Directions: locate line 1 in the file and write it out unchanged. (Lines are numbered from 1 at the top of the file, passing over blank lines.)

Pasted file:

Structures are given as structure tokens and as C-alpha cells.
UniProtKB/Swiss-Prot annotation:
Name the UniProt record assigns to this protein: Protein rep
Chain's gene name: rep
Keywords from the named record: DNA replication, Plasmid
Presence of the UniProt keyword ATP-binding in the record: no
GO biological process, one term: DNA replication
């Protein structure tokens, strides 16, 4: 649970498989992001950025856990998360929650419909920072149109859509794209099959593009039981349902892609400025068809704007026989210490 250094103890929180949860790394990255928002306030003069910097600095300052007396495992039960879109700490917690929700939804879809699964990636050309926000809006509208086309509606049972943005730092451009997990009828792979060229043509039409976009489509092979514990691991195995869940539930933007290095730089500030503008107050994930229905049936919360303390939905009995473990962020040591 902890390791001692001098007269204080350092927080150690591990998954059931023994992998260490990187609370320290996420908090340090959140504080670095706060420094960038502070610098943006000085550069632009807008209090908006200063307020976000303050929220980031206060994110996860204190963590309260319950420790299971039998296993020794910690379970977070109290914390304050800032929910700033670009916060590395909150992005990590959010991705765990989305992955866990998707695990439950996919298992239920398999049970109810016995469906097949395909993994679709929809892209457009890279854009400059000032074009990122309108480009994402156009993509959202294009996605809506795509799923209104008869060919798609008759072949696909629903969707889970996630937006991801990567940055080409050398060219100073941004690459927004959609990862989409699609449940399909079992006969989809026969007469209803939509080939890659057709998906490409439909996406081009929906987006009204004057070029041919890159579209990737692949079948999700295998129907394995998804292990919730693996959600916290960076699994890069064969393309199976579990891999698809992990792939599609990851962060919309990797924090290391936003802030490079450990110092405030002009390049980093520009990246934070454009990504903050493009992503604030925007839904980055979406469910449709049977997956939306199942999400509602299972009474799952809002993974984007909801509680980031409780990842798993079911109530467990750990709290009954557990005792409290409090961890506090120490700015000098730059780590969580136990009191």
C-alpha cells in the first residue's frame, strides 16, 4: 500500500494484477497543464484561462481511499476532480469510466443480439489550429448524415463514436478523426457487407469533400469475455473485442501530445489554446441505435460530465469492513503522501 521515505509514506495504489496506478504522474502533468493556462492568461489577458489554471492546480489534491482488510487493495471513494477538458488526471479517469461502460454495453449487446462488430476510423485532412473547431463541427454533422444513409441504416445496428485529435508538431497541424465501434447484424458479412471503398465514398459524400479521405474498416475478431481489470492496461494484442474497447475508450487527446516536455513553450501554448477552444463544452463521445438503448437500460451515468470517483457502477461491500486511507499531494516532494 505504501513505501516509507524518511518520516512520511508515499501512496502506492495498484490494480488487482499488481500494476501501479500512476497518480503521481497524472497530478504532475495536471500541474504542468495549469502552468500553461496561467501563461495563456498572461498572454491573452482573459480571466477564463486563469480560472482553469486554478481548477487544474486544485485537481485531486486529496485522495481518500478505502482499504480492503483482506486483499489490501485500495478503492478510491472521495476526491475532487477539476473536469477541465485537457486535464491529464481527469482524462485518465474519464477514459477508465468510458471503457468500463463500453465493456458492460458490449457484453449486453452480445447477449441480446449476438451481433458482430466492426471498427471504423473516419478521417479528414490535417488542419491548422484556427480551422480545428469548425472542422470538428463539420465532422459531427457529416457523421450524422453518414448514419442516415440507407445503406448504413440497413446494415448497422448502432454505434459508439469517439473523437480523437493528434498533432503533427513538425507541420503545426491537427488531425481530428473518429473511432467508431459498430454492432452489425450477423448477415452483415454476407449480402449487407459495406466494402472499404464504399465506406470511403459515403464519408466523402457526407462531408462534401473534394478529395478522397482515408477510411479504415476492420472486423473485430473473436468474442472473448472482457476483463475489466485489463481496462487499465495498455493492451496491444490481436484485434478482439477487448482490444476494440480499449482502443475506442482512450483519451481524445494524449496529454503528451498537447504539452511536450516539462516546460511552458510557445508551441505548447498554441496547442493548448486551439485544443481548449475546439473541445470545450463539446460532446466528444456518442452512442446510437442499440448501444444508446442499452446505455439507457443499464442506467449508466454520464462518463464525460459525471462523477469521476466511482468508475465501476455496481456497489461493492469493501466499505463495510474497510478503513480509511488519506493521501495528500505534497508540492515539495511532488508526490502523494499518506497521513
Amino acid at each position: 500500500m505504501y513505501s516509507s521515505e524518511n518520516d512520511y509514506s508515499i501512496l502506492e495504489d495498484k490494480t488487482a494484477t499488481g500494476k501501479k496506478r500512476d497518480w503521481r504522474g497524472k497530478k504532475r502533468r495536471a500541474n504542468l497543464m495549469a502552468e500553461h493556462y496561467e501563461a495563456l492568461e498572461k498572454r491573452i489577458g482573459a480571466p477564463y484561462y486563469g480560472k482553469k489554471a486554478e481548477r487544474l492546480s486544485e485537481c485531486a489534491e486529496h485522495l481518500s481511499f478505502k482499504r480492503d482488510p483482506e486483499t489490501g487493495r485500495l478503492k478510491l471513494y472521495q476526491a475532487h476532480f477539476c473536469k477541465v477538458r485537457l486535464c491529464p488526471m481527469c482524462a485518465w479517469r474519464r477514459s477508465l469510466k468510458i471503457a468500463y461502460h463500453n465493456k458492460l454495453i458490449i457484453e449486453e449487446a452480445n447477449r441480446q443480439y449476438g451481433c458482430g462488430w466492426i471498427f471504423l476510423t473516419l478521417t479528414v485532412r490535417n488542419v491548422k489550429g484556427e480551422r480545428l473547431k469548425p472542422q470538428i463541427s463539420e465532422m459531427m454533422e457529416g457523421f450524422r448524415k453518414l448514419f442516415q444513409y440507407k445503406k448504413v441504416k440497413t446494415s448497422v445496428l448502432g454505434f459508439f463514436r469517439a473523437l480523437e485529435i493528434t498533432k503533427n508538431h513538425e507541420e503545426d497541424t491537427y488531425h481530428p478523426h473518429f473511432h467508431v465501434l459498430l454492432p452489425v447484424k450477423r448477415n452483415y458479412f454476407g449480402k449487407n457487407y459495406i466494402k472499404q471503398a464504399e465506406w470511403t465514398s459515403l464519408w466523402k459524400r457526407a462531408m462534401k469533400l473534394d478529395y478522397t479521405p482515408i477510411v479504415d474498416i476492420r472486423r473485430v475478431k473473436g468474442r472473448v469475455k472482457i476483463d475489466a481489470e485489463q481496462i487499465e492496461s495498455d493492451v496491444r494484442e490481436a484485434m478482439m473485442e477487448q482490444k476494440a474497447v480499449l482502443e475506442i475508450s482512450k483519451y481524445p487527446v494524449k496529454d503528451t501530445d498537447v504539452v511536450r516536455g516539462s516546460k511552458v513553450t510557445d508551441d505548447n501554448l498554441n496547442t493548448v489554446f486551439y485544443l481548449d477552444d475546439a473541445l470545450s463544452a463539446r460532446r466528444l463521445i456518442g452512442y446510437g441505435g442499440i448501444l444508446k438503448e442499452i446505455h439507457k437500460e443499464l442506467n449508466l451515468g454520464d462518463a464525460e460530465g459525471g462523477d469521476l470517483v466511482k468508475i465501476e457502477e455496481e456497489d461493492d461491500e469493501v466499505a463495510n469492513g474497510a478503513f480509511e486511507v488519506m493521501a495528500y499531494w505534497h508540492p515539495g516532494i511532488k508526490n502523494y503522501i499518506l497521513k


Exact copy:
Structures are given as structure tokens and as C-alpha cells.